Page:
What Happened: IT

Friday, December 15, 2006 1:51 pm. Well really, my subject is IT and software development, since their fates seem inextricably linked. ... In theory, IT denotes the self-denying dedicated drones who serve the servers, as opposed to the talented and skilled prima-donnas who write programs that, mostly, run on the things — but what the heck, who can tell the difference? ... Anyway, to summarize: all the money showed-up in the late 90s with the dot-com bubble, and disappeared afterwards — basically, never to return, despite all the happy-talk in the few pitiful remaining magazines. ... My own humble delvings have never been in IT, although to some extent the money washed-over us all, but I do wonder: what happened? ... Where’d it all go?

Plumbing

Dr. Dobbs, one of the pitiful remaining computer magazines, has a “developer profile” or something feature, and this month all three entries were, basically, people who facilitated business relations to web thingeys, most obviously a guy who sells an amazon store set-up for your web-site — but they were all products which had a software component, but were, basically, plumbing. ... And after all, this was prophesied, by the exact slimey kind of software gurus I despise, with all the yammer about “components” and “libraries” — always presented, to be sure, as a tremendous advantage to the programmer, i.e. build your programs faster easier simpler — but, of course, the programmer is merely the employee of the business, and Mr. Businessman seized on the obvious and, what with one financial reversal and another, did his level best to cut-out the middleman and eliminate those squshy human beings between his business and all these valuable labor-saving components....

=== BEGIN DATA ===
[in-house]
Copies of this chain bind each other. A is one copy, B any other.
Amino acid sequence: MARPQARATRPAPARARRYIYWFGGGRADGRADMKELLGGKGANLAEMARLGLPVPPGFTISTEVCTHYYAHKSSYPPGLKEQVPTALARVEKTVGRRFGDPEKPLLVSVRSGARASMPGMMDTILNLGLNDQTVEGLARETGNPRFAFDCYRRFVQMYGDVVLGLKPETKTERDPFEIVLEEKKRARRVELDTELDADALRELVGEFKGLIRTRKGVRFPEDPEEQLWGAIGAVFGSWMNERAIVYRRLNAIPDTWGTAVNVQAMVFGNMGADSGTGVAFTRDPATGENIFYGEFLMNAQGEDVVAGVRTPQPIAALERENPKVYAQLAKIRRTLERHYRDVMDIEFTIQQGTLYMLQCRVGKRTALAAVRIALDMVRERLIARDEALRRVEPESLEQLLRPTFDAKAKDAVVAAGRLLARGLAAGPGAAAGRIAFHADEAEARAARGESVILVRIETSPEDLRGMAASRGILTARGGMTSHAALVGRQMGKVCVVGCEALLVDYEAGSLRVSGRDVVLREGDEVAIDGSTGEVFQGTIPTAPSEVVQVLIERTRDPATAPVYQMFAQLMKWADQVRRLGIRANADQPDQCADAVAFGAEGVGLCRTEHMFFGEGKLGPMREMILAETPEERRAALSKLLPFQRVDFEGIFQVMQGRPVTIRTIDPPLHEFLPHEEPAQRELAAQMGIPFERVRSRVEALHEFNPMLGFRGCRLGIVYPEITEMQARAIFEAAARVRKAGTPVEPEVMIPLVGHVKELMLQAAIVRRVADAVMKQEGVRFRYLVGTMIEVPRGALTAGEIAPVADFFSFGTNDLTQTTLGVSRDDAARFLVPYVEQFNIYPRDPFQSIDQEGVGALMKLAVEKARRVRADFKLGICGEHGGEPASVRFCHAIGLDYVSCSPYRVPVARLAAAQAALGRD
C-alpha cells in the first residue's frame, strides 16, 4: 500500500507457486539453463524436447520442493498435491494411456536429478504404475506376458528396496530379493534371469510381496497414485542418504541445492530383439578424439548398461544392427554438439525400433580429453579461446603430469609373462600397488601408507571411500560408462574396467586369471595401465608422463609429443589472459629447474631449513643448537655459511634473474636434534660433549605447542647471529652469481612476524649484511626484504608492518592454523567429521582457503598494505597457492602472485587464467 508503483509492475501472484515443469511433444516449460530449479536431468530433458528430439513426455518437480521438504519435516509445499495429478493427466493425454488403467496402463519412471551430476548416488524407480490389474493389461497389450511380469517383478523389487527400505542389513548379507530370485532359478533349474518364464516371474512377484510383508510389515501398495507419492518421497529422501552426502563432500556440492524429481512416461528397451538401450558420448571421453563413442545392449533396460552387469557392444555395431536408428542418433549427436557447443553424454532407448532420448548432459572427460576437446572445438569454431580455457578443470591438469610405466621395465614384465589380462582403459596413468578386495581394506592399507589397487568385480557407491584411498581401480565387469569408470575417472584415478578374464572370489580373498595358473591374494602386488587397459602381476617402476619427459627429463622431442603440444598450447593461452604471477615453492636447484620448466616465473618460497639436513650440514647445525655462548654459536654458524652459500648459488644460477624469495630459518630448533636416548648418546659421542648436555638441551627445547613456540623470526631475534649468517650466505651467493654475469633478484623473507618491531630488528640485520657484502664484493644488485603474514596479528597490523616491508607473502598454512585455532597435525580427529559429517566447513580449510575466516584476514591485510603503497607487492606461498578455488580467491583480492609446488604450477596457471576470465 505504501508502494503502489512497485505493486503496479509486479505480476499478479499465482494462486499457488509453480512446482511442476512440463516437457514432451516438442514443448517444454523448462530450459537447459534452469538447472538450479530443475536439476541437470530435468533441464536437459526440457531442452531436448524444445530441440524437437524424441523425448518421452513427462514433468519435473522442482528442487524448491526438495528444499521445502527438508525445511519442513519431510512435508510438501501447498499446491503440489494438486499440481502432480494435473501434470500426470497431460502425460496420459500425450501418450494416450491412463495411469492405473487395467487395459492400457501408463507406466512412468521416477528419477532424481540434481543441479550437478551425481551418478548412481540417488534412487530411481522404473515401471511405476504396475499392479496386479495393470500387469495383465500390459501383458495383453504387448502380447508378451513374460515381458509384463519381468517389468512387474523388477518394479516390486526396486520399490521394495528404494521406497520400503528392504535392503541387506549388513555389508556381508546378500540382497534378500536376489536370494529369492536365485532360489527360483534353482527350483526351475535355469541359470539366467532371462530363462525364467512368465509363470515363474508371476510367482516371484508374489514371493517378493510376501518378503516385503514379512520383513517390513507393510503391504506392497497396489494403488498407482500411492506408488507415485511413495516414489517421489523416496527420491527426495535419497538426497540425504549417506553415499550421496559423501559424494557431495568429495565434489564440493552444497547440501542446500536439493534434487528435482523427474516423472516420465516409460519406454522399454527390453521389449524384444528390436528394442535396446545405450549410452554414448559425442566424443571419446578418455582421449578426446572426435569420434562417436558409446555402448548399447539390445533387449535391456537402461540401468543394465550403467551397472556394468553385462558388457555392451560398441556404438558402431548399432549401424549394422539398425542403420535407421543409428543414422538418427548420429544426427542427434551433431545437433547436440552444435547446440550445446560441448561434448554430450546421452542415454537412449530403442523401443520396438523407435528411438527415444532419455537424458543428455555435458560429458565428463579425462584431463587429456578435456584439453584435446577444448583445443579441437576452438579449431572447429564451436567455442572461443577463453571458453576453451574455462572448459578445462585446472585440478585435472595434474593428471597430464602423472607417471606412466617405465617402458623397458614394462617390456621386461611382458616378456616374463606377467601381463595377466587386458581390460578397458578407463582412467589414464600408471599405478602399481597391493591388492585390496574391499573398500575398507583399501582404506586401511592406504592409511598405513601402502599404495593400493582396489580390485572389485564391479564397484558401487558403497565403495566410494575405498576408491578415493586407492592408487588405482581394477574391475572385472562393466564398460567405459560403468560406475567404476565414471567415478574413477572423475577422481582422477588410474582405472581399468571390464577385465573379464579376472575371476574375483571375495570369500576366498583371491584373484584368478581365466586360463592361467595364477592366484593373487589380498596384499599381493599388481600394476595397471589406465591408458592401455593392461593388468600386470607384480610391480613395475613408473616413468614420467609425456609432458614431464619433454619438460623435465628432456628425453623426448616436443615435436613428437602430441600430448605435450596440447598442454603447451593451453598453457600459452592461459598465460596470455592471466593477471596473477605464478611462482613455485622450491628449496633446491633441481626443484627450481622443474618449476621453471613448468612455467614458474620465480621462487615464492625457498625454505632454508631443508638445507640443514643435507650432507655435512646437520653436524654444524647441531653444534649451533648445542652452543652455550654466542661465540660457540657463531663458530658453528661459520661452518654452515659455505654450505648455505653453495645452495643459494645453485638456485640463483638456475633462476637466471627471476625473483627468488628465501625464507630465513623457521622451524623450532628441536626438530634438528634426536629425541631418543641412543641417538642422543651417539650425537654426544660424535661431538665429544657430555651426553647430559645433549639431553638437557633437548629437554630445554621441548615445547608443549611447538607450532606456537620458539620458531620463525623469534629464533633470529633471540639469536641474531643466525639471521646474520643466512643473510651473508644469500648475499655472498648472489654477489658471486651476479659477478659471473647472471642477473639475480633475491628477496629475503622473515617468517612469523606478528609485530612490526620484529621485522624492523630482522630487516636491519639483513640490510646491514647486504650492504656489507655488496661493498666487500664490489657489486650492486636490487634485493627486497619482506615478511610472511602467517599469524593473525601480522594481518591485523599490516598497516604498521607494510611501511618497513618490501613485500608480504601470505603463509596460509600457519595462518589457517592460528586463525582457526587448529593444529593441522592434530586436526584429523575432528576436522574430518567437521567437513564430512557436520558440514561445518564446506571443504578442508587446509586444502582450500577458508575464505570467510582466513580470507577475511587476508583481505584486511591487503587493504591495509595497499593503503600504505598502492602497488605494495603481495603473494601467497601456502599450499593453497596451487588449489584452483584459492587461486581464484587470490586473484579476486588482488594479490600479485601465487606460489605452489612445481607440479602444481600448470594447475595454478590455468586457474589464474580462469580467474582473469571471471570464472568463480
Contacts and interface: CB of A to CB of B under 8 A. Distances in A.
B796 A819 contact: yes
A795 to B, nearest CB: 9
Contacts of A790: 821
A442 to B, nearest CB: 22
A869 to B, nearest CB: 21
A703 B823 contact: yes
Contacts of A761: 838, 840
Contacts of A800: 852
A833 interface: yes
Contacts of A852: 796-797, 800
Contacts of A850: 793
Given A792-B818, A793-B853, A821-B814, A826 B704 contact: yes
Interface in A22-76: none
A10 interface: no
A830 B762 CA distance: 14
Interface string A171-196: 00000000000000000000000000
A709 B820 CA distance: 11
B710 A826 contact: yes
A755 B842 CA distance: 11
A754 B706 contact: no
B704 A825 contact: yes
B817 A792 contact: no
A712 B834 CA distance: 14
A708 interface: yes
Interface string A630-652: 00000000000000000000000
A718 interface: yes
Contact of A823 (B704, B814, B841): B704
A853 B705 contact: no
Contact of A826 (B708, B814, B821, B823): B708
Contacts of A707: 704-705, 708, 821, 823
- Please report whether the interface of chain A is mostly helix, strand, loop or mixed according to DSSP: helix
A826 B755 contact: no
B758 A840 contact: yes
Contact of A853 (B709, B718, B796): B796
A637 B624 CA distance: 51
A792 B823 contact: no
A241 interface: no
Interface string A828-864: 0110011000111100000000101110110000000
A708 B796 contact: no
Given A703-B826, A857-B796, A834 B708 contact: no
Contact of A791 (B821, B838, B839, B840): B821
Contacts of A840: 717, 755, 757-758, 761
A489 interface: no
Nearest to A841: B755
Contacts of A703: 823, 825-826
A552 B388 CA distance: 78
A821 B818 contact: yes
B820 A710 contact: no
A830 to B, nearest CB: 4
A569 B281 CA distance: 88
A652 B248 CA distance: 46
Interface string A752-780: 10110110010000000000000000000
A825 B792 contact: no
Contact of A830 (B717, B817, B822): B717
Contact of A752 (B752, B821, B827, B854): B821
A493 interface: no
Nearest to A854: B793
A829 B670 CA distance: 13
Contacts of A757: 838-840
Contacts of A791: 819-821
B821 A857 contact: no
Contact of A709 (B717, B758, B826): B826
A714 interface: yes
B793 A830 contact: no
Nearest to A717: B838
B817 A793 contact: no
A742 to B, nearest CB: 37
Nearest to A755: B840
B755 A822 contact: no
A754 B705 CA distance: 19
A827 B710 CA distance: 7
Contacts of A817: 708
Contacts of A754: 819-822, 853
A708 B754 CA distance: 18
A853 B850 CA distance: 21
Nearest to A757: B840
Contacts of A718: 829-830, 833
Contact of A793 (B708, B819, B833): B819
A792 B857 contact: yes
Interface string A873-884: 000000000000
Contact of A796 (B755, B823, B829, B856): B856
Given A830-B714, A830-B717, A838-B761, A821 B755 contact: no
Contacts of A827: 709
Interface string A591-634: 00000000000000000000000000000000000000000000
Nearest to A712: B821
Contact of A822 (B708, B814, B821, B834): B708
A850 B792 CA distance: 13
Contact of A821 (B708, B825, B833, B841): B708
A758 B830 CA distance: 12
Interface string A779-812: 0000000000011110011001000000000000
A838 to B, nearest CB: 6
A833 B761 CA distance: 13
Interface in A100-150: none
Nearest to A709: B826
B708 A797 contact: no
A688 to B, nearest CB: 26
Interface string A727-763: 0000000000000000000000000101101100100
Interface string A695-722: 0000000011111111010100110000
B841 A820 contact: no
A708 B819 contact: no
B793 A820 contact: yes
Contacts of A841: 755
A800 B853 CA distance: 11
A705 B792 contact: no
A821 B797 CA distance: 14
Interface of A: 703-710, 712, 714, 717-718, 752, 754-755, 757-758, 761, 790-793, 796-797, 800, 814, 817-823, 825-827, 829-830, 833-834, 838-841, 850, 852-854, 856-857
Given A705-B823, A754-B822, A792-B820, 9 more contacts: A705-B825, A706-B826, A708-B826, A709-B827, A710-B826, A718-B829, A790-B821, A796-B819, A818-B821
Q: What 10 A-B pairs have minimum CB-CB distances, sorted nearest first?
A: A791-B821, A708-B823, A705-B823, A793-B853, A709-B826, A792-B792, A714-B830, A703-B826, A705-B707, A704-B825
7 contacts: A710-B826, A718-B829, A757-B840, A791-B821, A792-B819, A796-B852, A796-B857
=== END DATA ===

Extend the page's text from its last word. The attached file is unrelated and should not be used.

IT Charm

And I think it’s fair to say that for this decade, at least, IT employees have been some of the most despised people in the bustling business world, and this probably had something to do with their precipitous decline. ... The LOL points out that people used to hate accountants, but who cares anymore, what with the “big 8” reduced to an ever-bankrupting smaller number. ... No, the spite once reserved for accountants moved on to the now bedraggled and diminishing IT hordes and their stupid jokes about “lusers” — i.e. the hapless twits who try to “use” software — and how lusers think the CD tray is for their coffee cup (yuck yuck) — I actually saw that canard in one of the edrivel mags recently, where the flag of IT arrogance still flies high....

... And it’s doubly funny, because the accountants’ downfall was executed largely by the cheap computers that replaced them, manned of course by IT wonks — but only, it seems, for a little while. ... Now, presumably, the computers run themselves. ... Which isn’t surprising; after all, when motorcars were new, everyone had a personal mechanic, but now the things just run themselves also, and even the scammy garage is passing into history as Americans buy replacement cars every few years....

Cheerful Conclusion

So there’s your picture: the software developer/IT worker’s going the way of the dodo. ... I believe the fate of the embedded system engineer — moi, more-or-less — while entangled with IT, is different: the products themselves have moved overseas, and naturally to the cheaper engineers presumably available there. ... But the same trends are at work; there are numerous packages and short-cuts available for cellular phones for instance, and it’s only a matter of time before the things are contrived in a cookie-cutter way with price-points and features dialed-in — as I note elsewhere, outsourcing often is just the prelude to obsolescence. ... And every generation imagines the complexity of their new technology will always require its high priests ... and every generation is wrong....